Santa Fe’s legendary maestro, Antonio Mendoza, passed away on April 27th of natural causes at the age of 89. For more than half a century the classical guitarist shared his love of the music of Spain and Mexico with the community of Santa Fe. Mendoza performed at the Hotel Santa Fe to the delight of visitors and locals. During these performances Mendoza often switched between 15 of his custom-made guitars. His favorite type of wood was from the Spanish cypress tree, which Mendoza hand-carried from Spain to have his guitars made locally.
Antonio Mendoza was born in 1931 at the railroad station in Ignacio Allende in the state of Durango, Mexico, his first cradle was bench and a sack of straw. His father was a Huichol Indian, so the infant was given the name Xmatori. It wasn’t until a few years later that he was given a Spanish name. His parents Juan Mendoza and Victoria Guzmanstein, encouraged their young son to follow his dreams. When Mendoza was three years of age his ear for music was forming as he listened to his mother play the piano, violin and mandolin. By the time that he was seven Mendoza was proficient at playing the mandolin, the perfect instrument for him at the time because his hands were so small. Once he mastered the mandolin, Mendoza graduated to the violin and finally the guitar, the instrument that propelled his journey in the music world.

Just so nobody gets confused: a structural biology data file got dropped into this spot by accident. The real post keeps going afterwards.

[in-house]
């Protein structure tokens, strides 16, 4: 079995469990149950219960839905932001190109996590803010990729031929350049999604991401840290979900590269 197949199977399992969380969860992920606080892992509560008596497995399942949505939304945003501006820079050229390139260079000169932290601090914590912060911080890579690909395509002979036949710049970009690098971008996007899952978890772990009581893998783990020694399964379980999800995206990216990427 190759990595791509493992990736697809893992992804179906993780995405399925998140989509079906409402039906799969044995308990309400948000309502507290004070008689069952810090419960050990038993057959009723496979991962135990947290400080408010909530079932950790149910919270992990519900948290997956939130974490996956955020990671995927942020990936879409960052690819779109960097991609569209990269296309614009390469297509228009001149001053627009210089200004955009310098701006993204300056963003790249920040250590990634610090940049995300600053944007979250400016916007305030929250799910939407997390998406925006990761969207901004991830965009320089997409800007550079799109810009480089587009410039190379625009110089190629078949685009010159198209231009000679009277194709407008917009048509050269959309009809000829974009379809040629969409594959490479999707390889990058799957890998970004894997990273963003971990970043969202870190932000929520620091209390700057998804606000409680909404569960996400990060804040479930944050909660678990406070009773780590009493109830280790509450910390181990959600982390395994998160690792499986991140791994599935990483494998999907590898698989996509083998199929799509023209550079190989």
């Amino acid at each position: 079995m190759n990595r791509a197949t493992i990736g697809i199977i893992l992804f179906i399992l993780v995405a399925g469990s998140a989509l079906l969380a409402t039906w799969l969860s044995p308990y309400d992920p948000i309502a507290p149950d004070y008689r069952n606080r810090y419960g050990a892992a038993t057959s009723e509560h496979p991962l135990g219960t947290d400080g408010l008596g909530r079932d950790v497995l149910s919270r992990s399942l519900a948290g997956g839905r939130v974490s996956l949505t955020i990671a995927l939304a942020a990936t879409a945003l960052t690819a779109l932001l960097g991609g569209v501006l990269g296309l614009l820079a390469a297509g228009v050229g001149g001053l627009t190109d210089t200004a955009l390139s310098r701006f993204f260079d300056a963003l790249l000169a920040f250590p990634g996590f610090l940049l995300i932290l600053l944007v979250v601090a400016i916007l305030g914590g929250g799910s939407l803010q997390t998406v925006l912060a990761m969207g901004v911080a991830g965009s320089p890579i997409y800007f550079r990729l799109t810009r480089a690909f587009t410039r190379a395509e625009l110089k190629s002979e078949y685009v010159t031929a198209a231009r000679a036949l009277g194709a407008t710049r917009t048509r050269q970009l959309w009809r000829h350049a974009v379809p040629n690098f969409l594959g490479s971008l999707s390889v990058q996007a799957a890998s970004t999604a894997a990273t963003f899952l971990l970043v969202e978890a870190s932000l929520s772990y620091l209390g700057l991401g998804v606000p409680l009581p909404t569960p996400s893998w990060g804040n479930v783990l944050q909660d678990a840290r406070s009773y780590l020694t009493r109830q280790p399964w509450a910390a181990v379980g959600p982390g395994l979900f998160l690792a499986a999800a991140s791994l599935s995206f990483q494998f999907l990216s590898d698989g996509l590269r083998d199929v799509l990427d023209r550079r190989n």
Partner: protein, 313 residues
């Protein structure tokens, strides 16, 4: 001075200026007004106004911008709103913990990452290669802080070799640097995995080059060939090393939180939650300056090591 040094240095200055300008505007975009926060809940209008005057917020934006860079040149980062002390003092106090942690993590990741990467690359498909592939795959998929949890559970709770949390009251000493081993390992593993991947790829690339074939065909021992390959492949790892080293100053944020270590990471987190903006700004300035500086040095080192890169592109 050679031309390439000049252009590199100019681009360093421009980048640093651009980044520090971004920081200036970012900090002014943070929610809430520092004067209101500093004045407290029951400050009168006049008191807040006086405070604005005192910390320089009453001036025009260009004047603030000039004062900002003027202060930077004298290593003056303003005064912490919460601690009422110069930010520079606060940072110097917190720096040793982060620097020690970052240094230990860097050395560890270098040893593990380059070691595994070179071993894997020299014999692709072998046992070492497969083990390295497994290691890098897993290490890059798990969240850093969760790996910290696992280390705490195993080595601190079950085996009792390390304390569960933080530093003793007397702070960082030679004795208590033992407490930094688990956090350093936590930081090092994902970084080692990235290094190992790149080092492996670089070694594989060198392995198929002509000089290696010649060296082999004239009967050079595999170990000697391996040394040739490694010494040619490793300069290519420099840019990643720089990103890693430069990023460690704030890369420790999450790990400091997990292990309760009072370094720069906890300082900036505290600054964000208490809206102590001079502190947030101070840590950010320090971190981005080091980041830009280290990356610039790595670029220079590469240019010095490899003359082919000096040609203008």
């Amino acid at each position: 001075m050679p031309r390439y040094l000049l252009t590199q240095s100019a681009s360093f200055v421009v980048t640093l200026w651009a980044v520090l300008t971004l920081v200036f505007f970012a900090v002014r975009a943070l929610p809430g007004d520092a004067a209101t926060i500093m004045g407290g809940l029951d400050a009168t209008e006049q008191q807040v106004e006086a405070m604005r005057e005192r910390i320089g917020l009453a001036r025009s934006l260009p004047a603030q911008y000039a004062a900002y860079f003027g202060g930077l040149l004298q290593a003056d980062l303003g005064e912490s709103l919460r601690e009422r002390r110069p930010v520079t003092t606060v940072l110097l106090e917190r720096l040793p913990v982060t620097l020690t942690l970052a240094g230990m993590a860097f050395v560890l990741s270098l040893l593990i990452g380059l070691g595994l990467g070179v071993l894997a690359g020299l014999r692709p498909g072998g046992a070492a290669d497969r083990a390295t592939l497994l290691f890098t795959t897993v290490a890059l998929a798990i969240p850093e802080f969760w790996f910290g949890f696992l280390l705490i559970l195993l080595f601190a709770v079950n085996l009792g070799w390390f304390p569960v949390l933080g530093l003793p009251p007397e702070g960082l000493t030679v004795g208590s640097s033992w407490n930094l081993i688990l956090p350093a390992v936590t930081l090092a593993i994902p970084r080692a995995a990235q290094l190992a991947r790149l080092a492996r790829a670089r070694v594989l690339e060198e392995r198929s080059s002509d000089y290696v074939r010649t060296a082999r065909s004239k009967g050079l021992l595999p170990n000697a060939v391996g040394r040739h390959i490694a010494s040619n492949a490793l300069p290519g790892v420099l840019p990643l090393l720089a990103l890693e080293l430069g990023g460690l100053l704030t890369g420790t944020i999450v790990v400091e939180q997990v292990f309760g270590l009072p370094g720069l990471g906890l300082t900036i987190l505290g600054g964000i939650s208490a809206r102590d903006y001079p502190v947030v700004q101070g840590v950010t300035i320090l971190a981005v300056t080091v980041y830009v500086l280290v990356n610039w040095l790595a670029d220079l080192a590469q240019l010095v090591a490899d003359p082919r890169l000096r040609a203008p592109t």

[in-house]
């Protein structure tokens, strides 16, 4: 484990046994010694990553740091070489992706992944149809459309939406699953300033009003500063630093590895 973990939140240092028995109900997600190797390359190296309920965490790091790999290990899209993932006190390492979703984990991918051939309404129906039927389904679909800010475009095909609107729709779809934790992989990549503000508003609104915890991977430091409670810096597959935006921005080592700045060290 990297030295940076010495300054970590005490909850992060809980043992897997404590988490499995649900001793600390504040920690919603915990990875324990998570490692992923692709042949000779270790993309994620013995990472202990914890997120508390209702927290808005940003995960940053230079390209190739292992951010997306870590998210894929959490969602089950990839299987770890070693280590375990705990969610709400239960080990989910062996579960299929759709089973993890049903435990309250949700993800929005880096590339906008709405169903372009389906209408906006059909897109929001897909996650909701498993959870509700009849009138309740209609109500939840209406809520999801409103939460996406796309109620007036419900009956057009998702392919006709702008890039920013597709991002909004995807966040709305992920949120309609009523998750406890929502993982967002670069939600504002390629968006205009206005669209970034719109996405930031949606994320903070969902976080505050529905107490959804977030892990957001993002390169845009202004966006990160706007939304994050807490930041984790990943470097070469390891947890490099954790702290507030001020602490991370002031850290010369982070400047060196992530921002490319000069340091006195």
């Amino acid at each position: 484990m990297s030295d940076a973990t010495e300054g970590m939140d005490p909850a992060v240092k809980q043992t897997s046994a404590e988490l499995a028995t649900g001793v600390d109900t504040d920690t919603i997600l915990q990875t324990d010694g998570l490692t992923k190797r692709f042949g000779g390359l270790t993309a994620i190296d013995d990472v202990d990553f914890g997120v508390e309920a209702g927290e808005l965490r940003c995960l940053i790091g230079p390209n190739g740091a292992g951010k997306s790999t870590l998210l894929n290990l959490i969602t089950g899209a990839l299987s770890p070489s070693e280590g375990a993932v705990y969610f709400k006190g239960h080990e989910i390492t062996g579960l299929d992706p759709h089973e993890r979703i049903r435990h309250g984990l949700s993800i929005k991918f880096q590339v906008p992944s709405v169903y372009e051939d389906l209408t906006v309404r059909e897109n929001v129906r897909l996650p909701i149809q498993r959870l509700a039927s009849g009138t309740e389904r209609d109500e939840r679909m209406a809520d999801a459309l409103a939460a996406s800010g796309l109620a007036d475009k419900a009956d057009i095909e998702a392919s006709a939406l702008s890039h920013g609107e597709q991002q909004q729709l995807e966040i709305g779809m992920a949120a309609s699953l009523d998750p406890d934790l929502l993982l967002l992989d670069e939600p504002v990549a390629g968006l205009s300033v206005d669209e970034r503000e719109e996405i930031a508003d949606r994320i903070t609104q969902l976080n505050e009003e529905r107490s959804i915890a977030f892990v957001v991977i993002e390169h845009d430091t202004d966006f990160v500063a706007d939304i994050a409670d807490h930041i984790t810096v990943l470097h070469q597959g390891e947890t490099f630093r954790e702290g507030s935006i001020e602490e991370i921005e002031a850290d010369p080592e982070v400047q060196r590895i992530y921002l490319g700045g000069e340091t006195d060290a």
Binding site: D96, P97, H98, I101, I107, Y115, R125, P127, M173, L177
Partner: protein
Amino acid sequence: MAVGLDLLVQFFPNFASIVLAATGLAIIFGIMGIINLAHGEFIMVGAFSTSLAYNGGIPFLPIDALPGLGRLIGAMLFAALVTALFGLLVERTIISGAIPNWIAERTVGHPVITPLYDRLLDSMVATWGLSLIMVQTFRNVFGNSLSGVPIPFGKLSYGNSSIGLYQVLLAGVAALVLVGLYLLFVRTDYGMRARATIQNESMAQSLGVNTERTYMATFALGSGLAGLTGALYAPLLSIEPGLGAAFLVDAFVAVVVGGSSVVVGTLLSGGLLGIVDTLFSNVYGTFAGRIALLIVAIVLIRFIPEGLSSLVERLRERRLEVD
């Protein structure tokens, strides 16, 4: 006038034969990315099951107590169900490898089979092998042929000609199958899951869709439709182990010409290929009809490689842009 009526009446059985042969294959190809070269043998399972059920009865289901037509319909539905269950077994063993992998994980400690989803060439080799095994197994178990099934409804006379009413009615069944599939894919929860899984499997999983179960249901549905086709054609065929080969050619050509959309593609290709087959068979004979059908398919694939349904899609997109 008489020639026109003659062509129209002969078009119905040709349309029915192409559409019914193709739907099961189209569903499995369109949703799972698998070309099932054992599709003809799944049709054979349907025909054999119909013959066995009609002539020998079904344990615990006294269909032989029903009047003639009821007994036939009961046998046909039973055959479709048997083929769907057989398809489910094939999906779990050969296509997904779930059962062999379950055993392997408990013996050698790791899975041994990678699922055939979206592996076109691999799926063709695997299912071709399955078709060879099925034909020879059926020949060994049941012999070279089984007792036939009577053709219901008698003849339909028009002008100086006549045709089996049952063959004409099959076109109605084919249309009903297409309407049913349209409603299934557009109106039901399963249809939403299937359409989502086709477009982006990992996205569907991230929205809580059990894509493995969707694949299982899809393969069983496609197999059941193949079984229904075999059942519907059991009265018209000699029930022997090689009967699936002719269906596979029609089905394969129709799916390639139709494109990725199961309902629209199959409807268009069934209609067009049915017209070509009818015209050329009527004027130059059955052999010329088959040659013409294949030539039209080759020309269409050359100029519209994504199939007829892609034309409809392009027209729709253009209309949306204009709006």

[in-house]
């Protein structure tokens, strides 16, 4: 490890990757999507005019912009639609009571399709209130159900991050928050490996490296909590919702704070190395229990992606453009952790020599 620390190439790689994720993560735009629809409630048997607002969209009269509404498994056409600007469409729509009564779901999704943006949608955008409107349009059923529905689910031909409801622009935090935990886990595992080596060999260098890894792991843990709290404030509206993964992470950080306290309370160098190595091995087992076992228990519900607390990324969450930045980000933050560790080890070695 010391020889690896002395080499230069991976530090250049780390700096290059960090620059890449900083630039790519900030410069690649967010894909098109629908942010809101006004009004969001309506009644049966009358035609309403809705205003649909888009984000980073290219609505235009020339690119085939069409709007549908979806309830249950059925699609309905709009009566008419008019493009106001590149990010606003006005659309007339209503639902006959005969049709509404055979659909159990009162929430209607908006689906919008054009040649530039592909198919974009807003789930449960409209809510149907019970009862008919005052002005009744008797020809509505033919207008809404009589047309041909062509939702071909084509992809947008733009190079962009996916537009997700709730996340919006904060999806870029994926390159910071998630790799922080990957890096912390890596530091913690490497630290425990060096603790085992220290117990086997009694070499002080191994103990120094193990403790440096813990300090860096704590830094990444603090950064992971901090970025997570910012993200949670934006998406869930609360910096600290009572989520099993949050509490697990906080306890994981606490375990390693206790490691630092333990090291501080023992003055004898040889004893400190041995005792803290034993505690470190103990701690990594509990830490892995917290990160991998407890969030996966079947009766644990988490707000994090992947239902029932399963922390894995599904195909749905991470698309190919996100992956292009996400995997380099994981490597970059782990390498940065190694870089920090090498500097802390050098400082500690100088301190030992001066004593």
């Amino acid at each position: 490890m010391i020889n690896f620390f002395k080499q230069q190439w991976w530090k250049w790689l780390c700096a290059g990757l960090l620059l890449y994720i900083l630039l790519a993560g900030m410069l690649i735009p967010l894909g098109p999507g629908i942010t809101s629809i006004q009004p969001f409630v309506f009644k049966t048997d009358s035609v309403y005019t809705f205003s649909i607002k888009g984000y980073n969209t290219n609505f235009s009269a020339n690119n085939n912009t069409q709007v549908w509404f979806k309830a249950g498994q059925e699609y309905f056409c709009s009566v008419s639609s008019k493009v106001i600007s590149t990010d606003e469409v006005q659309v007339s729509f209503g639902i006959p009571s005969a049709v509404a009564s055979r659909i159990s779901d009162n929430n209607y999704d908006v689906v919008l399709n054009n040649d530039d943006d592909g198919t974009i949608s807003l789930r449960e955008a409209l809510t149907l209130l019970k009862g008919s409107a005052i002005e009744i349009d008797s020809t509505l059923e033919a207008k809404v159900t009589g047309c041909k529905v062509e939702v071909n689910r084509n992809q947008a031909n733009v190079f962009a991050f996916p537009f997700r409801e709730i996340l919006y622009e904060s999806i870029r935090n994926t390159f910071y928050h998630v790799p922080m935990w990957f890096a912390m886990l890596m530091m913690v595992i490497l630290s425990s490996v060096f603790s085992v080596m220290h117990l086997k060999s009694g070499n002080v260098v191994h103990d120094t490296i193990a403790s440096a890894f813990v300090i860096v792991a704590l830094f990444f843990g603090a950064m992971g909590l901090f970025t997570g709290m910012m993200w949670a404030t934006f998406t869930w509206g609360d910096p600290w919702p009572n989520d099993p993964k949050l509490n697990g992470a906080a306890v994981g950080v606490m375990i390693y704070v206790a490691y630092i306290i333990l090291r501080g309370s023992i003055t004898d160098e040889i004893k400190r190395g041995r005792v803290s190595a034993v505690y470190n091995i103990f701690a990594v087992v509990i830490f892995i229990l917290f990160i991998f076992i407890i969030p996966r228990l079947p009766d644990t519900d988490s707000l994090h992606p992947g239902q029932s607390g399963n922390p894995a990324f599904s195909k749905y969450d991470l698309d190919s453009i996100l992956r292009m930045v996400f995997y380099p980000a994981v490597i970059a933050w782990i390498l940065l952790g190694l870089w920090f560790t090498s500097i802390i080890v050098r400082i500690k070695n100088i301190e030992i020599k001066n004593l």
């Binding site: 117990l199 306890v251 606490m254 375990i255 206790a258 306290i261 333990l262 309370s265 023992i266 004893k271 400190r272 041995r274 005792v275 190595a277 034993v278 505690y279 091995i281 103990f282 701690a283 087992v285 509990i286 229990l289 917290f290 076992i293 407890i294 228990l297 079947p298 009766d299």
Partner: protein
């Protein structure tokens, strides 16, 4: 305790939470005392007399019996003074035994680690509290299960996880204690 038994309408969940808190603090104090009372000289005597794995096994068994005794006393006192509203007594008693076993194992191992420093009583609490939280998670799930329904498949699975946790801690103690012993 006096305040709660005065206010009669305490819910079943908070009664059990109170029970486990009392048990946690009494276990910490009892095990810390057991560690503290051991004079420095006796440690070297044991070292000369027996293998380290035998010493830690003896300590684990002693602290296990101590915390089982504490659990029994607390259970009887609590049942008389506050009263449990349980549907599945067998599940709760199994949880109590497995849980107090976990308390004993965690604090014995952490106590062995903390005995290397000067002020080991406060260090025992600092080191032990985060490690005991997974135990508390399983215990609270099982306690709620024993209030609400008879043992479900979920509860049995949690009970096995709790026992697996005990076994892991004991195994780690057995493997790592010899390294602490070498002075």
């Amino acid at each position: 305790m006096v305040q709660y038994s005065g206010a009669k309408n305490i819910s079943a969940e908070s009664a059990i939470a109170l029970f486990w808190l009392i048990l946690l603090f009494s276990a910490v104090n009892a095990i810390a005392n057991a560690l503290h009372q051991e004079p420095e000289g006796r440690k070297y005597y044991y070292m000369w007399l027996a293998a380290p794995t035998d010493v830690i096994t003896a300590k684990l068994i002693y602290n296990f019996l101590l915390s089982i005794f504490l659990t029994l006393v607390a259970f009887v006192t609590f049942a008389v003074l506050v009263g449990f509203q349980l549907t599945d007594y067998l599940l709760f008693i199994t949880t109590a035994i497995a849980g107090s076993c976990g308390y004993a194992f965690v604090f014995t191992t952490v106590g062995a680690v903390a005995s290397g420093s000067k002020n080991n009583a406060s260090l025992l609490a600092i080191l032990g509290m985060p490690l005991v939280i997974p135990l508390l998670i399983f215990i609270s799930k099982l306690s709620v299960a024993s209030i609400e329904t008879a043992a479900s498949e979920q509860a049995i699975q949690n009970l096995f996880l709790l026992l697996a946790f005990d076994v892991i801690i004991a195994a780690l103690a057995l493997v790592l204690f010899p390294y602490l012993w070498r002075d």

Mendoza received his classical training in the 1950s at the Conservatorio Nacional de Música de México. The musician credited Guillermo Flores Mendez for his mentorship at the conservatory in Mexico City. Later, Mendoza studied in Spain at the Real Conservatorio Superior Música de Madrid with the maestro Pedro Moreno. In the 1950s Mendoza’s reputation as a classical guitarist was gaining recognition outside of Mexico. At one of his gigs the owners of the Sage Inn in Taos were in the audience and invited him to come to New Mexico and entertain at their establishment. It was in Taos that Mendoza discovered his second calling in life as a painter.
Mendoza moved to Santa Fe in the 1960s where he opened an art studio, continued to perform locally and used Santa Fe as his home base as he traveled for work. His worldwide performances included performances with major recording stars like the late Rosemary Clooney, to performing with classical guitarists at the Querini Stampalia in Venice where the Pope often presides at mass.
Antonio called me in early April to check up on me to see how I was doing through the Covid-19 lockdown. He sounded fine and was getting ready to move into a new house with his wife Judy. Antonio said that he was anxious for the pandemic to be over so that he could go back to performing. Antonio’s absence will be greatly felt for all of us in Santa Fe who had the good fortune to see him perform regularly and knew him as a friend.